Nutrient Source Tracking to Support Modification of an Algae TMDL in the LA Region
Statewide, TMDL responsible parties are exploring means of modifying TMDL requirements based on new information. In the Ventura River Watershed (Watershed), an Algae TMDL identifies responsible parties including MS4s, general stormwater permittees, ranching, agriculture, and onsite wastewater treatment systems (OWTS). Working closely with the Regional Water Board, the Ventura County Environmental Health Division (VCEHD) sought to pursue a precedent-setting study to spatially define the primary contributing nitrogen sources in the watershed, to support TMDL modification. This study establishes a model for other regulators and dischargers to follow to achieve TMDL modification, and in particular when accounting for hydrologically complex groundwater-surface water interaction-based pathways.
In the Watershed, there are over 2,000 single family residential OWTS, most of which are permitted by the VCEHD. OWTS typically release treated wastewater effluent into unsaturated soil via leach fields, which disperse contaminants prior to reaching groundwater. However, this can potentially impact receiving waters if systems are not maintained or functioning properly, and can also contribute nitrate even when systems properly function. Nitrates can persist in shallow groundwater, which can then flow into surface waters and impact surface water quality.
The Algae TMDL requires all OWTS in the Watershed to reduce total nitrogen loading by 50%. Further, the entire Watershed is initially identified as requiring an Advanced Protection Management Program (APMP), which would require all OWTS to be upgraded to advanced treatment or connected to sanitary sewer, options that potentially represent high costs to private homeowners. However, the TMDL also allows for local agencies to perform an investigation to determine which OWTS are contributing nutrient loading to surface waters. Areas found not to be contributing could be removed from the APMP.
The objective of this State grant-funded study is to define the geographic extent of OWTS that are contributing substantive nutrient loads to the River. More specifically, the study investigates if groundwater nitrogen levels are elevated downgradient of OWTS areas, if those areas are also impacted by sewage indicators that would further support OWTS as a source, and if those impacted groundwaters are also impacting surface water nitrogen levels at upwelling locations.
These questions are addressed by sampling groundwater and instream surface water at representative areas downgradient of OWTS, in addition to control sites. It is anticipated that non-contributing OWTS may be removed from the APMP and no longer require enhanced nitrogen removal, as implemented through a future TMDL reconsideration.
GIS analysis and advanced forensic tools are used, including analysis of chemical sewage indicators and stable nitrate isotopes. Using a tiered approach, lower cost nitrogen compounds are first more broadly screens for, then advanced forensic tools receive targeted use. Results from representative areas are then extrapolated throughout the watershed based on relative risk of OWTS nitrogen impact to surface waters. The end product is a GIS map delineating high risk areas and recommendations for the management of OWTS in the Watershed.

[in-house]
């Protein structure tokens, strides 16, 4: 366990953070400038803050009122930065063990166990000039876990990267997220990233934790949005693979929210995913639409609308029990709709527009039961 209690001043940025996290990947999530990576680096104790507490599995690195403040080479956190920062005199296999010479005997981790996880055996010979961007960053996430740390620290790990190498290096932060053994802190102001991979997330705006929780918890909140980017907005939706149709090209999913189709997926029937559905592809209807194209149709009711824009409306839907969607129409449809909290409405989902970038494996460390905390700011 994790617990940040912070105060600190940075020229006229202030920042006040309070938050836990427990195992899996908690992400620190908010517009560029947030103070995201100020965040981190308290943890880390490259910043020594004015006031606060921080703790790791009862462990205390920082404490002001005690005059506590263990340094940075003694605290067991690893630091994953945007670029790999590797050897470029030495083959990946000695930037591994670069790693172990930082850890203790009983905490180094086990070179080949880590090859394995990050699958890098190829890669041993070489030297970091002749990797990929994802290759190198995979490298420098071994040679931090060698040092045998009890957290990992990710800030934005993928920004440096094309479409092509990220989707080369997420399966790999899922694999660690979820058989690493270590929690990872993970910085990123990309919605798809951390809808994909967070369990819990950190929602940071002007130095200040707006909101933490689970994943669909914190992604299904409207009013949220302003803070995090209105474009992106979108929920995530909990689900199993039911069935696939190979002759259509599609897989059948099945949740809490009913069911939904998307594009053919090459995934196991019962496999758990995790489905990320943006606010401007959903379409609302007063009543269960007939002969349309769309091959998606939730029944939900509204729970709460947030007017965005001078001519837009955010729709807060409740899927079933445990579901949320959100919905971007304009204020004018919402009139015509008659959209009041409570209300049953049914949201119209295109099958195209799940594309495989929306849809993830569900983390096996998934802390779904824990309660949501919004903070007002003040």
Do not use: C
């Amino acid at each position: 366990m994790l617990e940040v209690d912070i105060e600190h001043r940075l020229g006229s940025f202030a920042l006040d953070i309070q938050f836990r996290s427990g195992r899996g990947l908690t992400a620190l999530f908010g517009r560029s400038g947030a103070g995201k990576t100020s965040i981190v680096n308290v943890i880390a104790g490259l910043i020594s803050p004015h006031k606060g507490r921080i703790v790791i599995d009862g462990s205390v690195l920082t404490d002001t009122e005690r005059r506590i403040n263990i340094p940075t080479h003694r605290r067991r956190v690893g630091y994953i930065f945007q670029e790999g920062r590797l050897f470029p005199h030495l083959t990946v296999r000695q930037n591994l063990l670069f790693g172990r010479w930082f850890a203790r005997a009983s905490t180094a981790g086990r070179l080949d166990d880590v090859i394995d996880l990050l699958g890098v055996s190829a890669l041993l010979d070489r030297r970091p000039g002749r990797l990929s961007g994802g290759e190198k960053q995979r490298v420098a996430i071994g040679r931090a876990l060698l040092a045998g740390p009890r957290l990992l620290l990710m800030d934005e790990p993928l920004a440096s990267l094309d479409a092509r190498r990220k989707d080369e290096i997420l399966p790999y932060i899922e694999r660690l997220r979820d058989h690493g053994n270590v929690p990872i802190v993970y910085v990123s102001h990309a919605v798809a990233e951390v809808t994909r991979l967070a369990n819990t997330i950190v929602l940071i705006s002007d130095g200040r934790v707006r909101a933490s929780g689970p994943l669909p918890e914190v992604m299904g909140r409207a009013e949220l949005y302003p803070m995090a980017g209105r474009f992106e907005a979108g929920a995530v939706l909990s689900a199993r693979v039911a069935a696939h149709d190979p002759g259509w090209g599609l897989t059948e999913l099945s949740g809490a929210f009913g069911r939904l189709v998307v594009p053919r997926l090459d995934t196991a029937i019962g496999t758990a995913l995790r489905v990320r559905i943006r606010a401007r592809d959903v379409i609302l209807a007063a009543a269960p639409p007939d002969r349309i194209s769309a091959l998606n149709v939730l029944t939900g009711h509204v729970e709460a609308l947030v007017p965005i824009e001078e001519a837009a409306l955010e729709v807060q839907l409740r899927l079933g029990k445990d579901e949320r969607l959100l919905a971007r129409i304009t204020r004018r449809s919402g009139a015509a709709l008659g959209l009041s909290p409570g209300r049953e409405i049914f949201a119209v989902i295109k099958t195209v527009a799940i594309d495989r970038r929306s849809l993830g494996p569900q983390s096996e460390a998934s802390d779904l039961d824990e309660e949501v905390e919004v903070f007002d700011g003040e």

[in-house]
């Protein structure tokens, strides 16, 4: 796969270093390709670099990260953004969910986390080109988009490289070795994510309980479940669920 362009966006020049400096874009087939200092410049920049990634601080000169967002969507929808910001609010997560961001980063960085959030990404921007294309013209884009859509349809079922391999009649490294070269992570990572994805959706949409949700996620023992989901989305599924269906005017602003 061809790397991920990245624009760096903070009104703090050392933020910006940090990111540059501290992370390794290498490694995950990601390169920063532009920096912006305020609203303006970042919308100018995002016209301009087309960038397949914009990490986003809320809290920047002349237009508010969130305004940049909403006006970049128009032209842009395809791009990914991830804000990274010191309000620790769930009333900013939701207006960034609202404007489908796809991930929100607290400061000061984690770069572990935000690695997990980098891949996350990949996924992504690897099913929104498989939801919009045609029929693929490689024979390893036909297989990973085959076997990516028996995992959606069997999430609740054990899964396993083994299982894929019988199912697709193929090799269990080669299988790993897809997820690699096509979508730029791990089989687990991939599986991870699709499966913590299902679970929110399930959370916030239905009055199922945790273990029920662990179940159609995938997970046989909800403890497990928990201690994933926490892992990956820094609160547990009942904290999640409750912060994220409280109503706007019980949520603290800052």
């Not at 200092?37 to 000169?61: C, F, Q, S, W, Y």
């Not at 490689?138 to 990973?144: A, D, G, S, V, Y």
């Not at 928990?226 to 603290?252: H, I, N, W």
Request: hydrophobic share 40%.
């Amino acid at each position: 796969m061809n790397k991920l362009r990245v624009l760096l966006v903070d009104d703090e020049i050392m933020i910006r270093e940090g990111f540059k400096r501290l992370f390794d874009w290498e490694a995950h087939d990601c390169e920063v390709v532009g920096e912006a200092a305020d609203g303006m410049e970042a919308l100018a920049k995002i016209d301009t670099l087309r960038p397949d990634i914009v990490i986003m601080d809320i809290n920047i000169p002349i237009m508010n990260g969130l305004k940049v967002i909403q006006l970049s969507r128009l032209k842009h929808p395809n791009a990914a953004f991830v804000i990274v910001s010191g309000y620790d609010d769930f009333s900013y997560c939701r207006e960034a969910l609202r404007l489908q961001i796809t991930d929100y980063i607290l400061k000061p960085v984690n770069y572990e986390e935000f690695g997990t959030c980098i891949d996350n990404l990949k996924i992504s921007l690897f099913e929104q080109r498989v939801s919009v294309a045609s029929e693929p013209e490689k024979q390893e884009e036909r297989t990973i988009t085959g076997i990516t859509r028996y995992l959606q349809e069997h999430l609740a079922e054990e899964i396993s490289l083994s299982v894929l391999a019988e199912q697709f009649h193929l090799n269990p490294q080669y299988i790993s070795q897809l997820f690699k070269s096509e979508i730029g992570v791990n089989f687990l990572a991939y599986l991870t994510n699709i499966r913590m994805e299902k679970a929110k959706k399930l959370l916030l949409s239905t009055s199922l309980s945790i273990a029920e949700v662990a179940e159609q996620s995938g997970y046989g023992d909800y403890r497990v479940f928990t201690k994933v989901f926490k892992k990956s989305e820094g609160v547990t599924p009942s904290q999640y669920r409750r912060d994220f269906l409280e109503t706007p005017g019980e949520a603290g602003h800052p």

The presentation will include an overview of the study objectives and approach, followed by sampling results and initial conclusions. The study design will be presented as a model for others to follow to similarly define the geographic sources of surface water pollutants through groundwater.
The audience will be invited to participate through a Q&A session on the utility of the study design for other example applications. This presentation is directly related to the conference’s theme as it outlines precedent for more targeted pollutant source identification and management, which is a cost-effective means of protecting downstream receiving waters.
Charles Genkel is an Environmental Health Division Manager for the County of Ventura.
Jared Ervin, PhD, is a Project Scientist with Geosyntec Consultants. Dr. Jared Ervin has extensive experience in contaminant monitoring, fate and transport analysis, and source identification. He has led multiple studies involving Microbial Source Tracking (MST), nutrient source identification, and industrial contaminant source investigation.
Brandon Steets is a licensed chemical engineer, a Senior Principal with Geosyntec Consultants, an industrial stormwater Trainer of Record, and a member of the State’s Clean Beaches Task Force. He has worked for over 17 years on challenging stormwater projects that include modeling, monitoring, source investigation, BMP planning, treatment BMP design, NPDES permitting, and strategic regulatory services.